The pastoral, gorgeous modular synthesizer flutter of Kaitlyn Aurelia Smith’s critically acclaimed Ears became a crossover avant-garde success in 2016. Since the beginning of that year, she’s toured with Animal Collective, hit the European festival circuit, collaborated with Google on an interactive tour of national parks and released an LP collaboration with electronic music hero Suzanne Ciani. Acclaimed by critics and embarking on a headlining tour in November, Smith is experiencing a level of attention rare for experimental musicians. When did she realize that was happening?
“I don’t think I’ve realized that yet,” she says with a laugh. “It’s still really, really surprising to me that people want to listen. And I don’t take that for granted at all. At every show, I feel really shocked every single time. I’m like, ’Whoa, there’s people here.'”
Ears took inspiration from the bucolic surroundings from her rural childhood spent up and down the west coast, including Washington’s isolated, mountain-heavy Orcas Islands. On recent tours, she still tries to take time to find “the natural wonder that’s next to me,” including seeing glowworms on horseback in New Zealand and visiting the fjords of Norway. Her Skype call to Rolling Stone was from Croatia, where she loves how easy it is to float in its clear, salty water. People have told her they listen to her music while traveling or hiking.
While her sixth album, The Kid, due October 6th, continues making idyllic arpeggios via the arcane 1973 analog synth, the Buchla Music Easel, its concerns of identity and self-awareness are more internal, and its sound world is more lush.
”Ears was made with the live show in mind first. So, I basically wrote it and practiced how I would perform it and then just pressed ’record,'” says Smith. “The Kid was … very different. It started from textures. I just got an urge to create really crunchy textures that, kind of, gave me a feeling of like, frosted shredded wheat. [I would] listen to them, and kind of let my visual brain start to tell me what the world was gonna to look like for the album.”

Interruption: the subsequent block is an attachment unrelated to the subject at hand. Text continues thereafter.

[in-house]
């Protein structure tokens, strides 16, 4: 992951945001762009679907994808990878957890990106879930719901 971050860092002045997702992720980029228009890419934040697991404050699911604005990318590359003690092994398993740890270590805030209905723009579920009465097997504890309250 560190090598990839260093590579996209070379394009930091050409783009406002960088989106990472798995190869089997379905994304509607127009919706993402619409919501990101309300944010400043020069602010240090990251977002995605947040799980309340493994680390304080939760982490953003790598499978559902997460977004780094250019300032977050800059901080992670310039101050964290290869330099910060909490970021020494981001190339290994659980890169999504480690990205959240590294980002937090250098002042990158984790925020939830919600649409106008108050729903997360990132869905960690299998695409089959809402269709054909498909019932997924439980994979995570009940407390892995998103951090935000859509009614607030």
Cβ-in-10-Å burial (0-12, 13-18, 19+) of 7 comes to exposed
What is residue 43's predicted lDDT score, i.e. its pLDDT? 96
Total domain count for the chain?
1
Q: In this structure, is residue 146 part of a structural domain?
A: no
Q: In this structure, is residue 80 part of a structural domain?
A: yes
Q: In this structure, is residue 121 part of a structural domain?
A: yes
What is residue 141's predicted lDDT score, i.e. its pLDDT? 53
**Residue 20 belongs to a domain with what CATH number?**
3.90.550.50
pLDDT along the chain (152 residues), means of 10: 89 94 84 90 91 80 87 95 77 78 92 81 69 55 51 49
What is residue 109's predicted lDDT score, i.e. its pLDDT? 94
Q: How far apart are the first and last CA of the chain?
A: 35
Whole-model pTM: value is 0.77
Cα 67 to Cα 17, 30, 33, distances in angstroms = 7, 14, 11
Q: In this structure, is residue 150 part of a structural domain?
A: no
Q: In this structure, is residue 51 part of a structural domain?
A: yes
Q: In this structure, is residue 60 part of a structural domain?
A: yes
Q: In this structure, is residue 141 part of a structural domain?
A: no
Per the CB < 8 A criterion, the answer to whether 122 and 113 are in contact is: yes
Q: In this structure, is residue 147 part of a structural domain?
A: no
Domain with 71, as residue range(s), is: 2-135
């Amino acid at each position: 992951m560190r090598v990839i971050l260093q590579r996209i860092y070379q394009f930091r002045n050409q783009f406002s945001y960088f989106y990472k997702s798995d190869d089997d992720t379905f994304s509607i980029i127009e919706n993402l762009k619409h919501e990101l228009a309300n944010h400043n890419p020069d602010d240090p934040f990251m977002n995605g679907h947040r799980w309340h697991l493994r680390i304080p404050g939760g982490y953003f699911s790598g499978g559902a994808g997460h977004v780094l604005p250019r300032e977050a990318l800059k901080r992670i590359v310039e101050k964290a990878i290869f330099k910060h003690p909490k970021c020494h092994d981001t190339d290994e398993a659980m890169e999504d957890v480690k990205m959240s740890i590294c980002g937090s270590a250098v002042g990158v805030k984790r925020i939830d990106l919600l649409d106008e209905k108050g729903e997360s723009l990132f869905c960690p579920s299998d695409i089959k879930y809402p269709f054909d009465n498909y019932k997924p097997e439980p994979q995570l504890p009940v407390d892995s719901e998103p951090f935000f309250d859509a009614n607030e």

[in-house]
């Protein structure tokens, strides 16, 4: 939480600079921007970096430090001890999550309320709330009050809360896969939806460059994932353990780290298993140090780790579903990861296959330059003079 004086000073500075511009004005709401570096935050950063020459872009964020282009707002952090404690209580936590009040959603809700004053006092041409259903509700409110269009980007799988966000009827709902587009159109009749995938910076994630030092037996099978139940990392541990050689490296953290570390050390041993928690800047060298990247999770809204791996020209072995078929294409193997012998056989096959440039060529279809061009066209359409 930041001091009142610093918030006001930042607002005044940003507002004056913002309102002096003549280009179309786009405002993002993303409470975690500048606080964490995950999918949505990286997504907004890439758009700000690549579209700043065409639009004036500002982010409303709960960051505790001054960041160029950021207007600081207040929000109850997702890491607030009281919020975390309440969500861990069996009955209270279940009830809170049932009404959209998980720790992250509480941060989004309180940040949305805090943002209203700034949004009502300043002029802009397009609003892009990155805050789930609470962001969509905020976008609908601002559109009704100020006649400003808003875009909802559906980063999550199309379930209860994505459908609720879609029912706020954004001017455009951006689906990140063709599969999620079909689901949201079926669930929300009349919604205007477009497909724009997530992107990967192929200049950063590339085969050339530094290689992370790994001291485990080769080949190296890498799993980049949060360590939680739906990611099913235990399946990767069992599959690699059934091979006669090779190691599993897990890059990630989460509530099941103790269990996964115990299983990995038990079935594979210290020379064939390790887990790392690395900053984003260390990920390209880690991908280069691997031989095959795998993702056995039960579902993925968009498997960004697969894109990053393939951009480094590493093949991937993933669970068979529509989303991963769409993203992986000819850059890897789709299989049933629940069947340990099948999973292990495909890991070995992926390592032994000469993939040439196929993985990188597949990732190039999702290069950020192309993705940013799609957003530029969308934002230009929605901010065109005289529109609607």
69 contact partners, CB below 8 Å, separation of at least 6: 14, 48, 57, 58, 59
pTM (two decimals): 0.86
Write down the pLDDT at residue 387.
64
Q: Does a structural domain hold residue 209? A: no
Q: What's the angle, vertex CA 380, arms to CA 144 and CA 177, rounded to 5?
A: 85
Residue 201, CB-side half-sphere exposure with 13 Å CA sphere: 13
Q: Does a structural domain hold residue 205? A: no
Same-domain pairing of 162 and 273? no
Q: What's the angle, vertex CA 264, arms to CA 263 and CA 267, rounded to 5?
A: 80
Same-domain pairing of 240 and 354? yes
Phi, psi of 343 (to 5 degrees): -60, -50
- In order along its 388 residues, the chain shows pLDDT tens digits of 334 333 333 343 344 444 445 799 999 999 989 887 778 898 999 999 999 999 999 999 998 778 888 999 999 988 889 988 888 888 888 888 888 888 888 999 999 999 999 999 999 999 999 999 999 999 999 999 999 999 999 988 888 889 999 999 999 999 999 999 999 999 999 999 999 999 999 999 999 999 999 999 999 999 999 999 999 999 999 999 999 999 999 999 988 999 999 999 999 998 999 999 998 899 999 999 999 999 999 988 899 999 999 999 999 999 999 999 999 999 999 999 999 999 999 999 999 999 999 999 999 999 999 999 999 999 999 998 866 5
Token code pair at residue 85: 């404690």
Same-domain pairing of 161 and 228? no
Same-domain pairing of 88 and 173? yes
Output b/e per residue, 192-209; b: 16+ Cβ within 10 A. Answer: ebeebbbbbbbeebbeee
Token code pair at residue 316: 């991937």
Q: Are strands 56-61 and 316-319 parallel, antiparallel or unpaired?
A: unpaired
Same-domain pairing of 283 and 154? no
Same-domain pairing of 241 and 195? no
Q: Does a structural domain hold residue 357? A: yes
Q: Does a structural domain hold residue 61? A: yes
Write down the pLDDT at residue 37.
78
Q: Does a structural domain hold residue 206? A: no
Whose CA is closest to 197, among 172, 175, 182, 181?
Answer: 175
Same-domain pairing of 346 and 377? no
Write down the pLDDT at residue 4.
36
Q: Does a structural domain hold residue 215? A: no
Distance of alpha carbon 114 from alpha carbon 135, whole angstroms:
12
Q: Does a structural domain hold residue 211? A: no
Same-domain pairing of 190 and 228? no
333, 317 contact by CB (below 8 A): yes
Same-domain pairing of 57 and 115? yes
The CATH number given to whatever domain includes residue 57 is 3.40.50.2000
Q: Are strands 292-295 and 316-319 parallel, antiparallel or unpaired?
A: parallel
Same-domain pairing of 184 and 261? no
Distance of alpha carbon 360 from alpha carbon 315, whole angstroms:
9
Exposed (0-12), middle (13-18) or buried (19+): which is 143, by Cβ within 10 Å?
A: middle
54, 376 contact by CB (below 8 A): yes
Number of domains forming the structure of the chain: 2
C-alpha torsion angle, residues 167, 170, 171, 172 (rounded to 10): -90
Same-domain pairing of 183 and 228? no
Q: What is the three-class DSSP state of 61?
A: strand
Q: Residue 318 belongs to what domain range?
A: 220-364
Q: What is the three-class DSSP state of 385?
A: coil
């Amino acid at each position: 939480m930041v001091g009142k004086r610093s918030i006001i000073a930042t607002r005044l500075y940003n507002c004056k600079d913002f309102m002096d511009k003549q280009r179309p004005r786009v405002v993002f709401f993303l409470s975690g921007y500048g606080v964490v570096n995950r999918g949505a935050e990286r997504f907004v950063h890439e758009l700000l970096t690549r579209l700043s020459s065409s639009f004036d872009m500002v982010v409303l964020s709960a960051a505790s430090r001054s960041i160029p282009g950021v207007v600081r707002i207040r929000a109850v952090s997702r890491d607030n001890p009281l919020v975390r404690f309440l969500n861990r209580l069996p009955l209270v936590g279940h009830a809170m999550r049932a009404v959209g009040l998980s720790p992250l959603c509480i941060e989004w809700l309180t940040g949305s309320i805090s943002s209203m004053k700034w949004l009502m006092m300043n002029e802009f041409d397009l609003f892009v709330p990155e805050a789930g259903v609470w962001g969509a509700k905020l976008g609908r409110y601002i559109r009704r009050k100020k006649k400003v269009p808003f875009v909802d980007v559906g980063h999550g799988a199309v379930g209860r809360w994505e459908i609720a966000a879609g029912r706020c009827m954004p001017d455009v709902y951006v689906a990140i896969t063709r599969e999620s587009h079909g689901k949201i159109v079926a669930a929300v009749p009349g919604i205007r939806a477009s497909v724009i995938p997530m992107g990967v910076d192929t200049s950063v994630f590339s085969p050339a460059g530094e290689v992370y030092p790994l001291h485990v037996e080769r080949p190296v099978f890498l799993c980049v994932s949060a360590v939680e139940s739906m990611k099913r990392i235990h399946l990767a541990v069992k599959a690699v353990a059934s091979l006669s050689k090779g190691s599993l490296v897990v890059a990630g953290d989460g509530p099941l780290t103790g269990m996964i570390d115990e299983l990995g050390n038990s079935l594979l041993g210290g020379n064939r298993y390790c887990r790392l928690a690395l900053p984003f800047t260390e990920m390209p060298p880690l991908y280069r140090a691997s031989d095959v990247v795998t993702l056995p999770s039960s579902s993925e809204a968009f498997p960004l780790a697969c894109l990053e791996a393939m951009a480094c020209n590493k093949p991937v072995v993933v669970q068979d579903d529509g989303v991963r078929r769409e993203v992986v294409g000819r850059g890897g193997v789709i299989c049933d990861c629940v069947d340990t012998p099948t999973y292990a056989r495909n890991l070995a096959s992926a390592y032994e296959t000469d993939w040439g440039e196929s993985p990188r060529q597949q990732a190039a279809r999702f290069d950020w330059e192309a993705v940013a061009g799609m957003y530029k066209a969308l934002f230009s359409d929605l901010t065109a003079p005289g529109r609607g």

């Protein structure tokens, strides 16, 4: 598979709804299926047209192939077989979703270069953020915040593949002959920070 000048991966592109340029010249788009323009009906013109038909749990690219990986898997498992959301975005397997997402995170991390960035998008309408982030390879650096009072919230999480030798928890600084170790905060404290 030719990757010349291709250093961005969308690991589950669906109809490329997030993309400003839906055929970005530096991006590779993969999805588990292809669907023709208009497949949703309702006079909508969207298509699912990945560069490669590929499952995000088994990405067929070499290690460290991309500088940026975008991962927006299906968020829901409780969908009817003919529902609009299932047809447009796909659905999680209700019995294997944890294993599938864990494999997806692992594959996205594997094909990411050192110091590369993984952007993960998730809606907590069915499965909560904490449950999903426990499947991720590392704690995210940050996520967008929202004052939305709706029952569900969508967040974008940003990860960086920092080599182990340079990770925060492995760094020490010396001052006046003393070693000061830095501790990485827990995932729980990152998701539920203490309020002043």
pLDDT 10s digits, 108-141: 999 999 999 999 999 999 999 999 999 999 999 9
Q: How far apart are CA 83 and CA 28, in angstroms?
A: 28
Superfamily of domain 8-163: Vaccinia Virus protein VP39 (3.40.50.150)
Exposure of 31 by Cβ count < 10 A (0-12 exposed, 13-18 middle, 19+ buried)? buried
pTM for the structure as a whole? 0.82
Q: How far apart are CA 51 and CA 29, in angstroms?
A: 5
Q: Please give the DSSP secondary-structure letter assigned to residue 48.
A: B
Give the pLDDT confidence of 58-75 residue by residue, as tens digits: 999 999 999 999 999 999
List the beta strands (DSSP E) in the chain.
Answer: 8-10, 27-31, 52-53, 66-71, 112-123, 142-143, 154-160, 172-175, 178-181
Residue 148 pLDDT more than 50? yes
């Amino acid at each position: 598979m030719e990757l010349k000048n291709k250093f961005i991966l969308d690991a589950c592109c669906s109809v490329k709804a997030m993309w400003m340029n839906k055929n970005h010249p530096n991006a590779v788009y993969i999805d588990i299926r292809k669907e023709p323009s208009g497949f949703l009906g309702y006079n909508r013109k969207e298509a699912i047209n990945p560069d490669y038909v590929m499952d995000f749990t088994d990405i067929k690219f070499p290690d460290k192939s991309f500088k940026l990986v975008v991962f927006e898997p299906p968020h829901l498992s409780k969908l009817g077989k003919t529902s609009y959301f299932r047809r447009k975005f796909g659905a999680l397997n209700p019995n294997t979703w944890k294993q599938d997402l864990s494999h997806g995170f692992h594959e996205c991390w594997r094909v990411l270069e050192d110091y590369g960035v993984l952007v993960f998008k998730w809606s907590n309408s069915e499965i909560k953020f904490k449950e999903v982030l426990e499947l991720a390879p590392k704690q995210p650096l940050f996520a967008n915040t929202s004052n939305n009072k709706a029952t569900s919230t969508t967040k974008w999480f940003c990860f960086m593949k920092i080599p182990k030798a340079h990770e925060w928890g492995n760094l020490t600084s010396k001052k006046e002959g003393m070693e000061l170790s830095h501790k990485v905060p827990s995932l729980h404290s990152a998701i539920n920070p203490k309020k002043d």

The album was composed with her Buchla and effects-treated voice alongside bassoon, trumpet, cello and flute.
”I especially wrote a lot of layered parts for trumpet, because I had an aversion to trumpet for a very long time,” says Smith “And I wanted to get past that, and figure out how to find a way to like trumpet. … It has such [an] intense attack. And I’m one of those people that gets startled really easily.”
“But it was also inspired by this book called New Musical Resources [by Henry Cowell]. The book is, basically, a study of how our hearing as a culture has evolved. … I was curious where our hearing would evolve to next, and wanted to play around with the idea that our hearing would be able to split so we could hear two different conversations at once. And so, I played with that a lot on the album … of having the left side and the right side feel like they’re pulling for your attention in different ways.”
The Kid is a 51-minute musical journey from birth to death, the four stages of life represented across four sides of vinyl. Smith talks about about a ”gradience” from the heavy, clumsy sounds that represent birth and lighter sounds that represent death. The dreamy, cosmic ambience of “To Feel Your Best,” which you can hear below, is the album’s final track.
“Well, that’s actually more, like, the sub-theme,” Smith says about the album’s life-cycle narrative. “’Cause for me, the main theme is about remembering and how often you forget your kid energy as you get older. And then, you have all those moments of like, ’Oh, yeah. That’s my essence and my playfulness.’”